Published on August 30th, 2016 | by Brenda Cobb0
A Persian and south Asian native, the unusual pomegranate is one of the oldest fruits known to man. It has vied for leadership in popularity and importance with the fig and the grape since the earliest times. Long considered a native of China, it was actually brought to that country from Afghanistan under the Han dynasty in 126 B.C. When the Moors conquered Spain about 800 A.D., they introduced the pomegranate into the Iberian peninsula and the fruit became the emblem of Granada, whose name was derived from it. The Spanish conquistadors brought the pomegranate to America, where it quickly escaped from cultivation, no doubt because of the plentiful seeds.
A good quality pomegranate should be fresh-looking, plump and heavy for its size, with a hard, reddish-brown rind. Choose the larger fruits over the smaller ones and heavier over lighter, as these promise the most juice. The pomegranate is unique in that its thin, rough rind contains a multitude of seeds, each surrounded by bright red or crimson juicy pulp, and sectioned by a bitter, spongy membrane. Cut in half, the fruit is so decorative that a favorite fabric of Renaissance Italy carried the design of the opened fruit.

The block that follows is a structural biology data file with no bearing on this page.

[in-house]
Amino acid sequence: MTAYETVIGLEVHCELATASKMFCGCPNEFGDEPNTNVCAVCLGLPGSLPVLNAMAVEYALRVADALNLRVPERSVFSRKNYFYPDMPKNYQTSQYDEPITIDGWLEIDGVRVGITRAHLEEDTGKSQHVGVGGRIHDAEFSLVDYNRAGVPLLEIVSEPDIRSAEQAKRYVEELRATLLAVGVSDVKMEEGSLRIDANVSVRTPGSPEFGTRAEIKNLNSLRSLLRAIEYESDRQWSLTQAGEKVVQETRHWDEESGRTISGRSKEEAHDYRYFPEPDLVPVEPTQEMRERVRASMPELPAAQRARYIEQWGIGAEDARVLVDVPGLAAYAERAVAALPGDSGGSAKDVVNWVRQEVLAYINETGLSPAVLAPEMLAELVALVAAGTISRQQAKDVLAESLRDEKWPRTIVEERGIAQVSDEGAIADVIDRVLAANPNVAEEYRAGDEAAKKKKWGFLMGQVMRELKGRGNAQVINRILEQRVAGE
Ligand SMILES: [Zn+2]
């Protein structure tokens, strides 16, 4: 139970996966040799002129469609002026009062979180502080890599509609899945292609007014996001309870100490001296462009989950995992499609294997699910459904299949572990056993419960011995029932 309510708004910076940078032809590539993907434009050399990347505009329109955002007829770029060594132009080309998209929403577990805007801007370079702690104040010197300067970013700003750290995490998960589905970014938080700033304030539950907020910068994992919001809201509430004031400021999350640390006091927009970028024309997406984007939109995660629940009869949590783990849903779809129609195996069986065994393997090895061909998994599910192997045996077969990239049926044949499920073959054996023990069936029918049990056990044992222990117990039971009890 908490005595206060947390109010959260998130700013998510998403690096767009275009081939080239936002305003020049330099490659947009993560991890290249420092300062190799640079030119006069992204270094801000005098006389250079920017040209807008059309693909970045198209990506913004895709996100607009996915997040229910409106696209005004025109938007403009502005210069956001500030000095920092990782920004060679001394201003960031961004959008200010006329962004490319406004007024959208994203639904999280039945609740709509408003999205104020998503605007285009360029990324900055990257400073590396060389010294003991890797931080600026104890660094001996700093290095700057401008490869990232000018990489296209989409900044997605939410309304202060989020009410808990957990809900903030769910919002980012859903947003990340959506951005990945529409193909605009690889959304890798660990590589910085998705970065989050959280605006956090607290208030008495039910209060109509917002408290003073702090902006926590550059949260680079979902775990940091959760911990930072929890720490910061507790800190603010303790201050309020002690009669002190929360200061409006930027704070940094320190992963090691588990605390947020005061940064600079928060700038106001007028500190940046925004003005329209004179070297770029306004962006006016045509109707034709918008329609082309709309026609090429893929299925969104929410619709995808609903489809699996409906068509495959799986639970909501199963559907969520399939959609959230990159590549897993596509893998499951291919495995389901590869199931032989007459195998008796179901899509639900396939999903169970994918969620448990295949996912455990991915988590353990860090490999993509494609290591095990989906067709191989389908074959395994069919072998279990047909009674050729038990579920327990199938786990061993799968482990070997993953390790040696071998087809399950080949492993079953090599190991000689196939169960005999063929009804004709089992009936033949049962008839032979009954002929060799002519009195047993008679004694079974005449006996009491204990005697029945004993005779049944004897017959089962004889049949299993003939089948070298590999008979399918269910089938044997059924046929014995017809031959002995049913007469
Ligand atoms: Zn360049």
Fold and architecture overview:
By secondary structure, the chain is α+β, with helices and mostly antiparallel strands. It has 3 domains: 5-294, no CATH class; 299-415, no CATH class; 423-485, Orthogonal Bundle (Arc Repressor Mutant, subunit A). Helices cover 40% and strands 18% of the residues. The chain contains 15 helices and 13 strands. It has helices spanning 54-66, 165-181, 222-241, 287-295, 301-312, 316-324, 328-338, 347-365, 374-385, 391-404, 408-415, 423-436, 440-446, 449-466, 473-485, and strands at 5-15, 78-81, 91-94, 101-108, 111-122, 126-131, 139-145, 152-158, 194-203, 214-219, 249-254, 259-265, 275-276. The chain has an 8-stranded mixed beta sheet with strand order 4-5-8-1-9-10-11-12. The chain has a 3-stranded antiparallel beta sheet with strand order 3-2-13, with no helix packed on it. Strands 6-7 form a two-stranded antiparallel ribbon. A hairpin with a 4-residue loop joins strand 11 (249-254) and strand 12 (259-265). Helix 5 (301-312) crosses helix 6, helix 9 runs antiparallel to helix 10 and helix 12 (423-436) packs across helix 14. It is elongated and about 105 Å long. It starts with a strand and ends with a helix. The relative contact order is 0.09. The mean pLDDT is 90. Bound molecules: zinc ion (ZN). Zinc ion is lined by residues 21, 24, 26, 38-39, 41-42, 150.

One way to obtain the pomegranate’s refreshing juice easily is to bruise the fruit by rolling it on a hard surface until entirely soft, then puncture the end of it, insert a straw, and drink the delicious sweet juice. Or, cut a thin slice off to release the juice and press the seeds in a sieve over a bowl. The seeds are edible, and some people enjoy their crunch and color, adding them as a garnish to salads, soups, sauces and desserts.
Pomegranate juice is cleansing and cooling to the system, excellent for bladder disorders and has a slight purgative effect. The rind and partitions of the pomegranate are not generally eaten due to their high tannic acid content. The astringent quality of the rind does, however, make an excellent skin wash.
Raw pomegranates contain calcium, iron, phosphorus, potassium, B vitamins and vitamin C. When combined with fresh greens, they make a delicious and special salad.
Pomegranate Arugula Salad
½ cup pomegranate juice
2 Tbsp red wine vinegar
1 Tbsp extra-virgin olive oil
½ tsp. Himalayan salt
1 tsp fresh basil
Pinch cayenne pepper
4 cups arugula
¼ cup green onions
½ cup pine nuts
1 cup pomegranate seeds
Mix the pomegranate juice, vinegar, oil, pepper and salt together into a dressing.
Chop the basil and onions and combine with the arugula.
Toss all together and top with the pine nuts and pomegranate seeds.
Brenda Cobb is author of The Living Foods Lifestyle and founder of the Living Foods Institute, an educational center and therapy spa in Atlanta offering Healthy Lifestyle courses on nutrition, cleansing, healing, anti-aging, detoxification, relaxation and cleansing therapies. For more information, call 404-524-4488 or 1-800-844-9876 and visit LivingFoodsInstitute.com.